Human Rights and Public Justice

Human Rights and Public Justice

When the conversation about human rights comes up, most people certainly understand this expression, which is taken as the title of this essay. And really: since I am a man, then I have the right! And full and without any reservations. But can it really be so? After all, if all people simultaneously begin to demand the full realization of their rights, then to whom will these demands be addressed? To your neighbor? To friend? To an unfamiliar passerby? To the enemy? Or to ourselves? In this case, it will no longer be right, but lack of rights.

More precisely, permissiveness. Meanwhile, under the law for a long time is understood not permissiveness, and generally binding rules of conduct, which people themselves and establish themselves. And when it comes to the fact that the General

Assembly of the United Nations adopted the Universal Declaration of Human Rights on December 10, 1948, it should be remembered that the prerequisites for this were laid by such thinkers as Socrates, Plato, Confucius, Thomas Aquinas, Machiavelli.

The Universal Declaration of Human Rights proclaimed the rights of the individual, civil and political rights and freedoms: equality of all before the law, the right of everyone to freedom and personal inviolability, freedom of conscience and much more. She also recognized the socio-economic rights of the individual: labor, social security, recreation, etc. Therefore, December 10 is celebrated every day as Human Rights Day.

But is the UN Universal Declaration of Human Rights so important and significant? After all, in many ways, the modern model of the rule of law owes its appearance to Ancient Rome. And with the beginning of the bourgeois era, whoever did not declare and declare universal freedom, equality and brotherhood. For example, on August 26, 1789, the Constituent Assembly adopted a political manifesto entitled “The Declaration of the Rights of Man and the Citizen.” The Revolutionary Convention decides that from now on every Frenchman and Frenchwoman must refer to each other “citizen” and “citizen.” The Declaration proclaimed the individual’s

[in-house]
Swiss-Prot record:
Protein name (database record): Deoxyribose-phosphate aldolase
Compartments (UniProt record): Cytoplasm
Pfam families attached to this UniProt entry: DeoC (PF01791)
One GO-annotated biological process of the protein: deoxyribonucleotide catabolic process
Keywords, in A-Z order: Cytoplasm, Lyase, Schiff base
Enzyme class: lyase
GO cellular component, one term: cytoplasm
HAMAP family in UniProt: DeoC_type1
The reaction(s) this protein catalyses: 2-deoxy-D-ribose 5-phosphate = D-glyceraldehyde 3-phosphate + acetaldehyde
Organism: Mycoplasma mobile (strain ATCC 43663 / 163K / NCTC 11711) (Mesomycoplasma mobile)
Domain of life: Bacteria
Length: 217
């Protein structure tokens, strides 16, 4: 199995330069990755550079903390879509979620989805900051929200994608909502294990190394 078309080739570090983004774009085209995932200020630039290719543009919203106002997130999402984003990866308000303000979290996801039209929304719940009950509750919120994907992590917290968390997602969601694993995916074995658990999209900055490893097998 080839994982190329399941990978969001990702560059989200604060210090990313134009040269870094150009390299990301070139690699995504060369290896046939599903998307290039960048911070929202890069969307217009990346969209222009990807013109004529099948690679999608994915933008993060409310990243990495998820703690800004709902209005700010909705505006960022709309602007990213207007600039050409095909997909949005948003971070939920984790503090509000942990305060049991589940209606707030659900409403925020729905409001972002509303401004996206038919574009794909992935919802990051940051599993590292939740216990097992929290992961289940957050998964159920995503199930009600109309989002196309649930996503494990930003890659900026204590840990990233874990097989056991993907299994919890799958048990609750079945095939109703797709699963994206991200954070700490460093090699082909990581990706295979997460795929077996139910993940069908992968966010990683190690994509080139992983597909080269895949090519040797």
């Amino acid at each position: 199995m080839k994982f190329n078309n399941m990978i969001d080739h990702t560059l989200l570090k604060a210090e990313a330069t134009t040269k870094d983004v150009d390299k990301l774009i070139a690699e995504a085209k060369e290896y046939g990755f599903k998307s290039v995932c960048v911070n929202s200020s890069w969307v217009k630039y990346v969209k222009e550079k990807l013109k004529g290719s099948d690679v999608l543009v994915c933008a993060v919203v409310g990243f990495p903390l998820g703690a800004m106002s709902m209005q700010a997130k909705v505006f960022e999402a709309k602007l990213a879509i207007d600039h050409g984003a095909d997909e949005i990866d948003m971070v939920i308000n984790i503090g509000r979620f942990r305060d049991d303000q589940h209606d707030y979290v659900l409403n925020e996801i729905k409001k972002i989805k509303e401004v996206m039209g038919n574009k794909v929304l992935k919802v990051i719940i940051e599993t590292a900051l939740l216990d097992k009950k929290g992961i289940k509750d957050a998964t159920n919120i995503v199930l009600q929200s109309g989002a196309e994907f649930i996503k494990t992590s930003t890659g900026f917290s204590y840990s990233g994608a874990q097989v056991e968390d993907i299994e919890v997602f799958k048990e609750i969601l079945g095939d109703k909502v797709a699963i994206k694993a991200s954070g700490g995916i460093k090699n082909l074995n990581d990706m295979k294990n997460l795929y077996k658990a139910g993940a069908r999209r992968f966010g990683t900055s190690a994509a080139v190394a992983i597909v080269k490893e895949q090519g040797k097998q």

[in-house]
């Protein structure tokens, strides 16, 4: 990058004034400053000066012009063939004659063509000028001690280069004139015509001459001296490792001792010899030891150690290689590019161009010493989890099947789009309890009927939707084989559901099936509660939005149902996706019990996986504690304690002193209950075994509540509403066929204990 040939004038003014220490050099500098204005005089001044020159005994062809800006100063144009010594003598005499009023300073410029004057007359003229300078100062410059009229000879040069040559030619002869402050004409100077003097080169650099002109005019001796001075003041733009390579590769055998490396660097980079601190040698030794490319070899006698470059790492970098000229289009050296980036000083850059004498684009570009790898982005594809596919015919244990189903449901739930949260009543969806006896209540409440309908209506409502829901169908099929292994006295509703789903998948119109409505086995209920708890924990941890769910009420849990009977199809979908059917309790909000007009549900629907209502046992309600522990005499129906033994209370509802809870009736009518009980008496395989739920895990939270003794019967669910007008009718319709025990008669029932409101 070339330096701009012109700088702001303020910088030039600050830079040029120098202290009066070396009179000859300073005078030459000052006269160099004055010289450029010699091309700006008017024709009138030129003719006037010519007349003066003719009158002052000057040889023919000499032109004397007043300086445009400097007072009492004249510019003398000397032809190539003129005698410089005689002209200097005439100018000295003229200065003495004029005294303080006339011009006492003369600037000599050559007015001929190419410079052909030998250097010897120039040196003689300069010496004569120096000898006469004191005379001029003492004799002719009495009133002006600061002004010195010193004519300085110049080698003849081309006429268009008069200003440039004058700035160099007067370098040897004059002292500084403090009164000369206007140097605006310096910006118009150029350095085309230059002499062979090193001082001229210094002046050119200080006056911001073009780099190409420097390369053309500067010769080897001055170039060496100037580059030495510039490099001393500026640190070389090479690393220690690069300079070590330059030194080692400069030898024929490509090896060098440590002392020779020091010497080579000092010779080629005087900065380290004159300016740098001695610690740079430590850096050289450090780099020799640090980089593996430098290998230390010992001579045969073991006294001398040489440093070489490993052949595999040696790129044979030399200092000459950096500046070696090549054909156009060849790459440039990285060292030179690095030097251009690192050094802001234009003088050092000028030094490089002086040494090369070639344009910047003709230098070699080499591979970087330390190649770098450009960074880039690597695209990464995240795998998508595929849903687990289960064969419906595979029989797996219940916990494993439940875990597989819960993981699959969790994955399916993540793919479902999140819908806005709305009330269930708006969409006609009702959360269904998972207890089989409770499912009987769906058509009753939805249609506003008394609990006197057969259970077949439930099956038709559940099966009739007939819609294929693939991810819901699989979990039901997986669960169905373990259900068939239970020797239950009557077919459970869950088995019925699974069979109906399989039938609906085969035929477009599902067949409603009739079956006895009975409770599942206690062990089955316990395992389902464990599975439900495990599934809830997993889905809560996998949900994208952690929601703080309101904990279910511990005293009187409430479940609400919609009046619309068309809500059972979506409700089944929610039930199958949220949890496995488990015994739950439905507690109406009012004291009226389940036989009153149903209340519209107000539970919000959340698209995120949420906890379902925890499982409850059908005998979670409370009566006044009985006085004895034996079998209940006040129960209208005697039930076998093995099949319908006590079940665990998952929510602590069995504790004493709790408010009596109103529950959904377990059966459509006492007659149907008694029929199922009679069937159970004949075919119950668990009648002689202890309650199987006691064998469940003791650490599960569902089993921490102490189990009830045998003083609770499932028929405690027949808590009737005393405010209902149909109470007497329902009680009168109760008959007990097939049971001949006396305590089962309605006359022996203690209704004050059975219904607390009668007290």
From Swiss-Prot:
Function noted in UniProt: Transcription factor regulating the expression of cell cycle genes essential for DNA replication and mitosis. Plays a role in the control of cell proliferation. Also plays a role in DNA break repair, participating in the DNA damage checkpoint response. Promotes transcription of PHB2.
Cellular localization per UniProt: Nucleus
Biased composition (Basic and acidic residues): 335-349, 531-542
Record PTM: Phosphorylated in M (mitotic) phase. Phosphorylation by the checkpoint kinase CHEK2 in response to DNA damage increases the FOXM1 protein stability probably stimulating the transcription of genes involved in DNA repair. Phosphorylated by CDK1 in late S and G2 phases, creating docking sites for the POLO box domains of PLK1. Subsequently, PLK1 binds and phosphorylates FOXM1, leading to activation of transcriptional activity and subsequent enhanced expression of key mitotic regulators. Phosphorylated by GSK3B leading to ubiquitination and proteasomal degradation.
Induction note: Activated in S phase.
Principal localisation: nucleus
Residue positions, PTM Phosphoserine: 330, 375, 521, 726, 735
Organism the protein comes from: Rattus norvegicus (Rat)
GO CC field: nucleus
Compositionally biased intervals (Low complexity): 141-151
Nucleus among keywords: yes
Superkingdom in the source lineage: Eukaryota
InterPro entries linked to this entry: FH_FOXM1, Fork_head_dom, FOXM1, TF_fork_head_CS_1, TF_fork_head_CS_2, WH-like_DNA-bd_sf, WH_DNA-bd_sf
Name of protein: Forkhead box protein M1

freedom of speech, the word, conscience, the equality of citizens before the law, the inviolability of private property and even the right of everyone to resist oppression.

However, even earlier, on July 4, 1776, the Continental Congress of North America proclaimed by its declaration the separation of the colonies from the metropolis and the formation of an independent state – the United States. This document was later called “the first declaration of human rights”.

As for Russia, after the October coup the Bolsheviks also declared a lot. For example, a week after the revolution, on November 15, 1917, the Council of People’s Commissars approved the Declaration of the Rights of the Peoples of Russia, which proclaimed the principles of equality and sovereignty of all the peoples of the empire, their right to self-determination. Or the Declaration of the Rights of the Working and Exploited People, adopted by the Third All-Russian Congress of Soviets on January 25, 1918, and proclaiming the main task of the Soviet government the abolition of any exploitation of man by man and the establishment of a socialist organization of society.

But behind all these beautiful words and beautiful slogans there is no main thing. Because, in fact, in Russia, everything often happens according to a well-known expression: they wanted it better, but it turned out, as always. Already in the history of the new Russia, President Yeltsin tried to implement a long-standing – even Bolshevik! – The Declaration of the Rights of the Peoples of Russia. And what happened? Nothing good. The consequences in the form of a bloody Chechen war and cruel acts of terrorism are still unknown how many people in our country will remember with shudder.

It is not better with human rights. A Russian citizen who entered the 21st century repeats the winged expression pronounced by his ancestors, one hundred and even two hundred years ago: “The one who has the power is right.”

It seems to me that not only an individual, but society as a whole, should be prepared to receive the rights and assume civil duties. Economic prosperity should be created, which will become a solid foundation in the maintenance of law and order. In the meantime, we are forced to live in the legal system that best corresponds to our current economic, social, political and ideological state. While in the criminal news will be reported on the gangster groups led by the police generals, until the murder of businessmen and even State Duma deputies will not cease to be the routine of our life, there is nothing to talk about rights. We are still far from equality before the law.

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Human Rights and Public Justice